We spend too much time in school learning with just parts of ourselves (mostly our eyes and ears) when it's pretty evident that we were designed to learn with our entire bodies.
I'm not going to pretend that I first conceived of the balloon cage with this in mind, but I'm reminded of full-body learning every time we surround our block area with floor-to-ceiling caution fencing, lay down the gym mats and fill the area with 100 balloons.
I'll never forget watching one of my daughter's kindergarten classmates from the door of the classroom, a boy with a brain designed for math, working on an assignment. Ostensibly, they were "sitting" at their desks, but his body simply couldn't do it, at least not while doing arithmetic.
He was standing, straddling his chair, bent over his work. His feet fidgeted beneath him, constantly, his toes getting tangled between the legs of the chair, eventually knocking it over. Without lifting his eyes from his paper he returned it to an upright position with his free hand, only to once more tip it on its side with his hyperactive feet. He was the first one in the room finished and given his track record I'm sure he'd proven himself proficient. How great it was that no one commanded him to sit, to be still, to "behave."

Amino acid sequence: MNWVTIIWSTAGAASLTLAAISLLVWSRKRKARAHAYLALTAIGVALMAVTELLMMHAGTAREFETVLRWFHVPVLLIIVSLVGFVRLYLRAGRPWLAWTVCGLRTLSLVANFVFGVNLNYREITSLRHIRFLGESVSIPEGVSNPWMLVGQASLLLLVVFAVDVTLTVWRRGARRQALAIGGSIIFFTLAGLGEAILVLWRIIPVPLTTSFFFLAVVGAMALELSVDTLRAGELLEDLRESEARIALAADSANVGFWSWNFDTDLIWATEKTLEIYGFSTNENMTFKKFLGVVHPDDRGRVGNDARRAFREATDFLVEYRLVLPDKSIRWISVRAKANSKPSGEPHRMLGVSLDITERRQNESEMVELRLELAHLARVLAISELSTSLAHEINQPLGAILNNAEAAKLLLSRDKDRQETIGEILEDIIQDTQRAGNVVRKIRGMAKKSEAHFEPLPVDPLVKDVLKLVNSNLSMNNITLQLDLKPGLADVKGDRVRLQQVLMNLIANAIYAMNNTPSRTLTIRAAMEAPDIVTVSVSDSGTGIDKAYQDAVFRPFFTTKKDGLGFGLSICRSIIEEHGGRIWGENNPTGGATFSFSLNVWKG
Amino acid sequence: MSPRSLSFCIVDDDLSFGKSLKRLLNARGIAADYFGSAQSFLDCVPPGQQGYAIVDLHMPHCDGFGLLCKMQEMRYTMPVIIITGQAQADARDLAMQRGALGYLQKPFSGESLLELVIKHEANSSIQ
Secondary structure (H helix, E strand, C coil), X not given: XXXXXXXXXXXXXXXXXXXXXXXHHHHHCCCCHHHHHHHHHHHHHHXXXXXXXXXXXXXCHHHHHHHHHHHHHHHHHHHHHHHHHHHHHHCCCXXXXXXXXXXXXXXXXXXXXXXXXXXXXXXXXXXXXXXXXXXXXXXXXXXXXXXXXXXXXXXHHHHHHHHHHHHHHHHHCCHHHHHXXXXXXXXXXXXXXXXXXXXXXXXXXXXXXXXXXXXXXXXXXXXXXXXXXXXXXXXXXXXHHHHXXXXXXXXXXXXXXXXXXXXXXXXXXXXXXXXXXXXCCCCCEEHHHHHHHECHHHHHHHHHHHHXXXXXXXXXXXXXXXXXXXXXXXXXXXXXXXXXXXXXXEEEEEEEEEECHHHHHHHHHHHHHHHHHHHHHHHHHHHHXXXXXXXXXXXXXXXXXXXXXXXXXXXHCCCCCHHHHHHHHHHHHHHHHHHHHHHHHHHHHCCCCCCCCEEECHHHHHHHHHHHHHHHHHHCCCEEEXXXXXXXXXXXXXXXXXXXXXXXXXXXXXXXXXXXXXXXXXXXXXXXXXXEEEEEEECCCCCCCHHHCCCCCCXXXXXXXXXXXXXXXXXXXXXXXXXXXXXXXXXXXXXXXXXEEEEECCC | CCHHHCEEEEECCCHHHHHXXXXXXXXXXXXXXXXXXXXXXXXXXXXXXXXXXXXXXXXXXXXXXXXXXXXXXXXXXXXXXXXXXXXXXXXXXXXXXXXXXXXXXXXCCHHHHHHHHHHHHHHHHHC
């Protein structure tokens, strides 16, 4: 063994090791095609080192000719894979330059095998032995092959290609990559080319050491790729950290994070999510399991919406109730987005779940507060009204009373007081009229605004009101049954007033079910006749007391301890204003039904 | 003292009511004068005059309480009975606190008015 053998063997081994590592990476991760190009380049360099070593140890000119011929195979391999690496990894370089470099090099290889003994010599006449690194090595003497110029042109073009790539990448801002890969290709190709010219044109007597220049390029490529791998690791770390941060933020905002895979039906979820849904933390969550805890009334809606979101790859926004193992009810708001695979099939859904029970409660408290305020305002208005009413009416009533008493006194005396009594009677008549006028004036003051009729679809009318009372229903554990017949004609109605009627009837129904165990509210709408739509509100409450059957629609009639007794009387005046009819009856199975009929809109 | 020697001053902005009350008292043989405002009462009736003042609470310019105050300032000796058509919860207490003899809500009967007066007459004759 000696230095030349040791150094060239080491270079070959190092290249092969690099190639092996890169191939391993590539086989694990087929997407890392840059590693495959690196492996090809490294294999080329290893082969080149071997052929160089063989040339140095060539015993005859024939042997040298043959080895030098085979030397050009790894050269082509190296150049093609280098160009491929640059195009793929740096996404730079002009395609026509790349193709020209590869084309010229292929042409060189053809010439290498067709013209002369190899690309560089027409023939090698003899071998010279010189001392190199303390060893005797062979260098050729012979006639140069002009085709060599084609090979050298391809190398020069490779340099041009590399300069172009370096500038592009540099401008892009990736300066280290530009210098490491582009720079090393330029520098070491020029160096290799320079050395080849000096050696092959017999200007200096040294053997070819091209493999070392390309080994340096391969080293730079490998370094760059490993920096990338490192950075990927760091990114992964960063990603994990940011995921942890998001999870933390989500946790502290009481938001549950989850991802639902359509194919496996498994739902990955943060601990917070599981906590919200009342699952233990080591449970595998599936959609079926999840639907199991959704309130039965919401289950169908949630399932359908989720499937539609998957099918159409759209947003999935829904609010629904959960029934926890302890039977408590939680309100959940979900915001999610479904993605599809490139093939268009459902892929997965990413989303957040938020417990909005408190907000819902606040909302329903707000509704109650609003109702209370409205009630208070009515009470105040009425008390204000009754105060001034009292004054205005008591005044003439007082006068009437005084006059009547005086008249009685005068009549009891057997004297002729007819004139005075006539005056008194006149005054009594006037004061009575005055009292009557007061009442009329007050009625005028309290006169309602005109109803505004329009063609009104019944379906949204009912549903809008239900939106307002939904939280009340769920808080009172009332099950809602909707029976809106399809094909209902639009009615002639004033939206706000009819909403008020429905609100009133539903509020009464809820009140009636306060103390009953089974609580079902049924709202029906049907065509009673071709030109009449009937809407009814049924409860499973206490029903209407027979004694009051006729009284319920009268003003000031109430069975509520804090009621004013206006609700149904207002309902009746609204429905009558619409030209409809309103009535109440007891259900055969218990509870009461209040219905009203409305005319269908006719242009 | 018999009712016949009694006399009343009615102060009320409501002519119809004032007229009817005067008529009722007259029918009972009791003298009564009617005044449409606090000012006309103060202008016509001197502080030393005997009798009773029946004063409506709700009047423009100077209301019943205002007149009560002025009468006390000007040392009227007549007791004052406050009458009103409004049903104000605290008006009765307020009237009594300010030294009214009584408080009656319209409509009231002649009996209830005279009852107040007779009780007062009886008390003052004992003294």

Maybe I should care about what the kids are learning in the balloon cage, but I don't. I only care how they are learning as they cavort with their friends, often cramming a dozen or more of their constantly moving bodies in there together, joyfully.
All those bright eyes, those sweaty brows, those happy voices, letting me know that every channel is wide open, every faculty tuned into this big, amazing world, taking it in, managing it, managing themselves, one another.
Why can't school always be like this? Why must we sit in our chairs? Why must we turn off all but one or two of our channels?
I suppose much of it has to do with that thing called "classroom management" or the prejudice that a quiet room is where the learning takes place.
Who would take us seriously if we were having this much fun all the time?
What kind of worker bees would we crank out?
How would we ever pass those standardized tests?
If this is how we learn today, won't the rest of our lives just be one big disappointment?
Or will we grow up to demand a world in which we get to work out math problems on our feet and keep right on playing in the balloon cage?